Etienne Charles is the Assistant Professor of Jazz Trumpet at Michigan State University. Hailed by The New York Times as “an auteur” (Ben Ratliff), by Jazz Times as “A daring improviser who delivers with heart wrenching lyricism” (Bill Milkowski). According to Downbeat Magazine “Charles delivers his ebullient improvisations with the elegance of a world-class ballet dancer.” (John Murph). He has received critical acclaim for his exciting performances, thrilling compositions and knack for connecting with audiences worldwide. In June 2012, Etienne was written into the US Congressional Record for his musical contributions to Trinidad & Tobago and the World. Perhaps more than any other musician of his generation or Eastern Caribbean origin, Etienne brings a careful study of myriad rhythms from the French, Spanish, English and Dutch speaking Caribbean to the table. Crucially, as a soloist, he fully understands the New Orleans trumpet tradition; which is readily discernible in his trademark instrumental swagger, and what famed Crescent City Pianist, Jelly Roll Morton so succinctly captured in the now immortal phrase, ‘The Spanish Tinge’. He has performed and or recorded with Monty Alexander, Roberta Flack, Frank Foster, Ralph MacDonald, Johnny Mandel, Wynton Marsalis, Marcus Roberts, Maria Schneider, Count Basie Orchestra, Eric Reed, Lord Blakie, David Rudder and many others. He holds a Master’s degree from the Juilliard School and a Bachelor’s degree from Florida State University.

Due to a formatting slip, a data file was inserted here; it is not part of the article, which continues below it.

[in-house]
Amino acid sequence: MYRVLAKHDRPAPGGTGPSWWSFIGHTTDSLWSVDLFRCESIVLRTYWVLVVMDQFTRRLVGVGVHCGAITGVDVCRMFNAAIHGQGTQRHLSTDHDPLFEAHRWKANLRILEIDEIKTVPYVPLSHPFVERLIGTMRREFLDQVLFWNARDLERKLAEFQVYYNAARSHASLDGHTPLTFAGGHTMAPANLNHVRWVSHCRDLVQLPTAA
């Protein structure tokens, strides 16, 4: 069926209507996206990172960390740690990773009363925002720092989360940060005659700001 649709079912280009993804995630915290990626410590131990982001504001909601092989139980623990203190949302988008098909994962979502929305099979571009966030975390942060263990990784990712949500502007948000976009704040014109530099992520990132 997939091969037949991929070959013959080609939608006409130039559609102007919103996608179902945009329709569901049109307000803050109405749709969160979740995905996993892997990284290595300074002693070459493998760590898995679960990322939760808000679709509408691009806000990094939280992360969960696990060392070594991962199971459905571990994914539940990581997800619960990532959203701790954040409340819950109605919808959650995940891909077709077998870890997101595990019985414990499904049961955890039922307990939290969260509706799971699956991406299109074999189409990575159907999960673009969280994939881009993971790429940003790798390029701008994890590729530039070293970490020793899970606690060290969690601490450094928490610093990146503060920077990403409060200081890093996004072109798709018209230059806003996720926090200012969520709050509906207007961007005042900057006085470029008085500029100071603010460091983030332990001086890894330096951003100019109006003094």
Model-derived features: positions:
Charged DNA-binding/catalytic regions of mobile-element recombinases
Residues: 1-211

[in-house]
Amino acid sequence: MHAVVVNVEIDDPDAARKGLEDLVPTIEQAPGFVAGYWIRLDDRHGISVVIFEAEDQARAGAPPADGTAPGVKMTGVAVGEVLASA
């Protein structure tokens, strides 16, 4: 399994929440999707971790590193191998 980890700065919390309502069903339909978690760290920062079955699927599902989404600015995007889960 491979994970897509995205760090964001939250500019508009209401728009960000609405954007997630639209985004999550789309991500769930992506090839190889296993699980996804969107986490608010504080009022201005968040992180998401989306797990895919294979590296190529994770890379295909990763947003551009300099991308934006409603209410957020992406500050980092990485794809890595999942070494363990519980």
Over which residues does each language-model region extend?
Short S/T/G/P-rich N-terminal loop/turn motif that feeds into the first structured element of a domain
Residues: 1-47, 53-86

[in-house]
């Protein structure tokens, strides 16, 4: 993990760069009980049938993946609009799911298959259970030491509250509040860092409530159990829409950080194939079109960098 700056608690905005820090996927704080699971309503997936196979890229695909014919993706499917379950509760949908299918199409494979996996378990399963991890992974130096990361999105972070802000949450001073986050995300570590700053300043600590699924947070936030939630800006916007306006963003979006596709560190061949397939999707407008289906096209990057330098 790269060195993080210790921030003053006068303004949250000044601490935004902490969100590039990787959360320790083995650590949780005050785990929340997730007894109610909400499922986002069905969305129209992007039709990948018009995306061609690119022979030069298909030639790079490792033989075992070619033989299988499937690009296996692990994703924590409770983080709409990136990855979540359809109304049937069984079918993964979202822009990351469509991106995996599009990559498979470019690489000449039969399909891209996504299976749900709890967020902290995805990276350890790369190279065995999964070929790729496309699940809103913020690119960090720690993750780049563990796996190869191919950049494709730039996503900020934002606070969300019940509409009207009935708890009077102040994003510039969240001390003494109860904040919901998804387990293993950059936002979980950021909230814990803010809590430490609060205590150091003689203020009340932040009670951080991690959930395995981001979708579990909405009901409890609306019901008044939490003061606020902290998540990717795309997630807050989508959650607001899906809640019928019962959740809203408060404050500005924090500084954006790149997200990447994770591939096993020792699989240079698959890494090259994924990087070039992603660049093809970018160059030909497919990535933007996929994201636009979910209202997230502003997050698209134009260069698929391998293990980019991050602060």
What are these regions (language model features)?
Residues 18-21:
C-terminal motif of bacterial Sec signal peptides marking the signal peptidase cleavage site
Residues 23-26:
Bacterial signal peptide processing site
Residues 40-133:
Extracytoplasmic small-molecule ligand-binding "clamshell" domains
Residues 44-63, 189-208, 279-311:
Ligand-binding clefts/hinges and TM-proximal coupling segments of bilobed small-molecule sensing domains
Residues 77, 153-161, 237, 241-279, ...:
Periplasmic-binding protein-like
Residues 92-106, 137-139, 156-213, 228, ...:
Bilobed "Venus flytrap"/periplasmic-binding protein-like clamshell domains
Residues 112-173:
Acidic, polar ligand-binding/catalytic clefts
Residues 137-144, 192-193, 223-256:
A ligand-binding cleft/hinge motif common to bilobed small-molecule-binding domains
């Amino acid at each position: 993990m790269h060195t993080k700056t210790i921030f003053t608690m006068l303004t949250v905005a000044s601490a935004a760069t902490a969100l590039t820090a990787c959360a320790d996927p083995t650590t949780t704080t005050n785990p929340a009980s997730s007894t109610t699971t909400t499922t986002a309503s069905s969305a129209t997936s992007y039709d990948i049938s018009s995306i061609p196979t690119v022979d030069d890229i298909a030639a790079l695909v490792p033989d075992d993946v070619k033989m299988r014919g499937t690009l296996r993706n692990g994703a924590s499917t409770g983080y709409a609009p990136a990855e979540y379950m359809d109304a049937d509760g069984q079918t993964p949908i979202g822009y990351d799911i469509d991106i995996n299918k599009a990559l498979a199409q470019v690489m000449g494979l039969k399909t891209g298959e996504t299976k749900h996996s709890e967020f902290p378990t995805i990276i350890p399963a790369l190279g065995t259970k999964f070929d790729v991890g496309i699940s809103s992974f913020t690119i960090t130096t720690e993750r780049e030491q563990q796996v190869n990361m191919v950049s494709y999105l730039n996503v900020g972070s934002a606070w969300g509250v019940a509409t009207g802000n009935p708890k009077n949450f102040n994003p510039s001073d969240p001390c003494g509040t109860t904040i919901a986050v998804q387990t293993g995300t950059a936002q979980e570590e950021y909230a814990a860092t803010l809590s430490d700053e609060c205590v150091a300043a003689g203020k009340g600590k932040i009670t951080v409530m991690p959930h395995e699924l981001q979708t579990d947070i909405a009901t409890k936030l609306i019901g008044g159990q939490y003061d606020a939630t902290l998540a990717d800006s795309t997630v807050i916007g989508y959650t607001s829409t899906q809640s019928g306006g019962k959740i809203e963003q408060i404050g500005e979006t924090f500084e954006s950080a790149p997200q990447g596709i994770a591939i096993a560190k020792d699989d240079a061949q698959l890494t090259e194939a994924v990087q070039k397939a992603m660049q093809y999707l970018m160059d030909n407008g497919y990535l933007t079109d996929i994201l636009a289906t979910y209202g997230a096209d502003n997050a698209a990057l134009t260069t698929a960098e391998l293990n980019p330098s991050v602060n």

I had the honor of chatting with Etienne recently about his latest release, “Carnival: The Sound of a People”. We dissect a few of the tracks, from their beGinning stories through the history of a cultural experience that is as much celebration, as it is a spell. We talk about how the album went from it’s infancy to a place where listeners and music sharers alike can go to place that is tracked in certain storytellers tales, but is as culturally important to a people, as the food the grow and the children they raise.